9.
Nephrology Dialysis Transplantation ; 36(SUPPL 1):i162, 2021.
Article in English | EMBASE | ID: covidwho-1402449

ABSTRACT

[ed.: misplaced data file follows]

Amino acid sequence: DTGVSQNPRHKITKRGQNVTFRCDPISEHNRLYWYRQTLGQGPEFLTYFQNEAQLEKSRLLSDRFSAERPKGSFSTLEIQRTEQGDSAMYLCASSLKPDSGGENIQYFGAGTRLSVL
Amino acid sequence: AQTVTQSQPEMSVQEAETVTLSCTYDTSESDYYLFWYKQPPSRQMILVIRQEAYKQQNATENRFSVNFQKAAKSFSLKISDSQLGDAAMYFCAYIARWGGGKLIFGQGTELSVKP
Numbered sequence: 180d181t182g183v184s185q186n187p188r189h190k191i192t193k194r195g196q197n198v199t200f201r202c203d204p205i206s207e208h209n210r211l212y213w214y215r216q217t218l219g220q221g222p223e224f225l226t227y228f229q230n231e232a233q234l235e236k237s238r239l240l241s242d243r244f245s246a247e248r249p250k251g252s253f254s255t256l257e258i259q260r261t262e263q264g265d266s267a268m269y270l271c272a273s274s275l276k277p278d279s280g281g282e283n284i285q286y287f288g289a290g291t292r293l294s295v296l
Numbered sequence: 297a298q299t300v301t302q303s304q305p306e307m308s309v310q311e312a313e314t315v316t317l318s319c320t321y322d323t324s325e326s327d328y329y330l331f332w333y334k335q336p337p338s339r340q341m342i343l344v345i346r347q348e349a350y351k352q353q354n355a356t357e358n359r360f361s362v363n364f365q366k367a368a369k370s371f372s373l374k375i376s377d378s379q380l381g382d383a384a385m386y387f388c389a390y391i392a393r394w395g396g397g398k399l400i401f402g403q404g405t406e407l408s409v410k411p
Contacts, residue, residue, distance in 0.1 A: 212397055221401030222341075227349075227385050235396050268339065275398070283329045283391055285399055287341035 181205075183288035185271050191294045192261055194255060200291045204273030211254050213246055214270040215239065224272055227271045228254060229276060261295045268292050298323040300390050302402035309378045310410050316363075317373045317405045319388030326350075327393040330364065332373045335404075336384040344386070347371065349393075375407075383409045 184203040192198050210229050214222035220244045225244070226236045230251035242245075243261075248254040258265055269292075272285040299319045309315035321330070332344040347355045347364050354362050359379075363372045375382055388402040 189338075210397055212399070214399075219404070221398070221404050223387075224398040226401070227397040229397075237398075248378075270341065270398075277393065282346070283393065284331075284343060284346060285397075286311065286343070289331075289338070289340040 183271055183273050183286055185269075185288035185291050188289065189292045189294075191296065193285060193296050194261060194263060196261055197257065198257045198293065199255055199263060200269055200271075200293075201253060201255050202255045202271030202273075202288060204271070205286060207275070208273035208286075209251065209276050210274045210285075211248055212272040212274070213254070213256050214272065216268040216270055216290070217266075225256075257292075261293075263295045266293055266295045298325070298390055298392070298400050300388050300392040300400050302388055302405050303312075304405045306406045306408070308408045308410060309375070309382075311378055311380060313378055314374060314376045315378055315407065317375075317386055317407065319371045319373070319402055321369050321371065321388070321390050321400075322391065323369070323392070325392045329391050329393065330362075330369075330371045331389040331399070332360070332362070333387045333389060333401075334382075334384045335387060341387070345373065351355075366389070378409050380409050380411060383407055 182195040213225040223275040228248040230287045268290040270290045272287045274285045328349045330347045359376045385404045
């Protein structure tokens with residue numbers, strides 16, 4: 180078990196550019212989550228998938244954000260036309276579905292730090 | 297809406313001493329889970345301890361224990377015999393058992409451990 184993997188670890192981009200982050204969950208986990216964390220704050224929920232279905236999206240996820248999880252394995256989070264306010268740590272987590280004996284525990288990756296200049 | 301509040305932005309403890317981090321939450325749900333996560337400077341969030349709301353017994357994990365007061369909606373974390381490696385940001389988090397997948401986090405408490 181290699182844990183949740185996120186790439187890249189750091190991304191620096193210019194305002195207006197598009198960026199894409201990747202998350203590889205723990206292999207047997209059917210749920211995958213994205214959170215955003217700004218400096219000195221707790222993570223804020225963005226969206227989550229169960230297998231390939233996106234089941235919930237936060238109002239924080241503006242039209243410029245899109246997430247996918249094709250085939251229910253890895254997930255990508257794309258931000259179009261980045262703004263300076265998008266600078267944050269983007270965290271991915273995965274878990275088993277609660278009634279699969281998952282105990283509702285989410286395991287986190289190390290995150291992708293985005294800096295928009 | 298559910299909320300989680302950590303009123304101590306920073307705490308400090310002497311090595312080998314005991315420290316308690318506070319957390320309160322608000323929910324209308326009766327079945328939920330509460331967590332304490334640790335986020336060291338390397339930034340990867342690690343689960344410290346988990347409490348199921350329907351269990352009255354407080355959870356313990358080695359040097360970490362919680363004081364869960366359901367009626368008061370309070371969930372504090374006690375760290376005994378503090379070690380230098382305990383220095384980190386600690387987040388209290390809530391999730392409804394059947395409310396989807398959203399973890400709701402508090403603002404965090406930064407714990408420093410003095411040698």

BACKGROUND AND AIMS: COVID-19 infection is responsible for respiratory infection with variable clinical expression from its asymptomatic form to severe pneumonia associated with acute respiratory distress syndrome and death. Risk factors related to higher mortality are age over 65 years, cardiovascular, pulmonary and kidney disease, hypertension, and diabetes. There is limited scientific literature on COVID-19 infection and previous kidney disease, specifically in patients with glomerular and tubular kidney disease. The aim of this study was to determine general characteristics, analytical parameters and clinical evolution of patients with kidney disease who have undergone kidney biopsy and who presented infection or high suspicion of infection by COVID-19. Identify mortality and associated risk factors. METHOD: we studied patients with high clinical suspicion of infection or confirmed infection by COVID-19 from March 2020 to May 15, 2020 of all patients who underwent percutaneous renal biopsy at the Vall d'Hebron Hospital between January 2013 and December 2019. RESULTS: 39 of the 553 patients have been diagnosed with COVID-19 infection since March 2020. The average age was 63615 years and 48.7% were male. Hypertension was present in 79.5% of patients, chronic kidney disease without renal replacement therapy in 76.9%, and cardiovascular disease in 64.1%. Nasopharyngeal swab was performed in 26 patients;older patients (p=0.01), patients with hypertension (p=0.005), immunosuppression (p=0.01), use of RAS-blocking drugs (p=0.04) and gastrointestinal symptoms (p=0.02) were more likely to be tested for COVID-19. 22 patients required hospitalization and 15.4% died. In the bivariate analysis, mortality was associated with older age (p=0.03), cardiovascular disease (p=0.05), chronic obstructive pulmonary disease (COPD) (p=0.05) and low hemoglobin levels (p=0.006). Adjusted Cox regression showed that low hemoglobin levels (10.12±1.89g/dL) at admission had 1.81 greater risk of mortality [1.04-3.13;p=0.04]. CONCLUSION: Patients with COVID-19 infection and kidney disease confirmed by kidney biopsy presented mortality of 15.4%. Swab test for COVID-19 was more likely to be performed in older, hypertensive, use of RAS-blocking drugs, immunosuppressed patients and those with gastrointestinal symptoms. Low hemoglobin is a risk factor for mortality.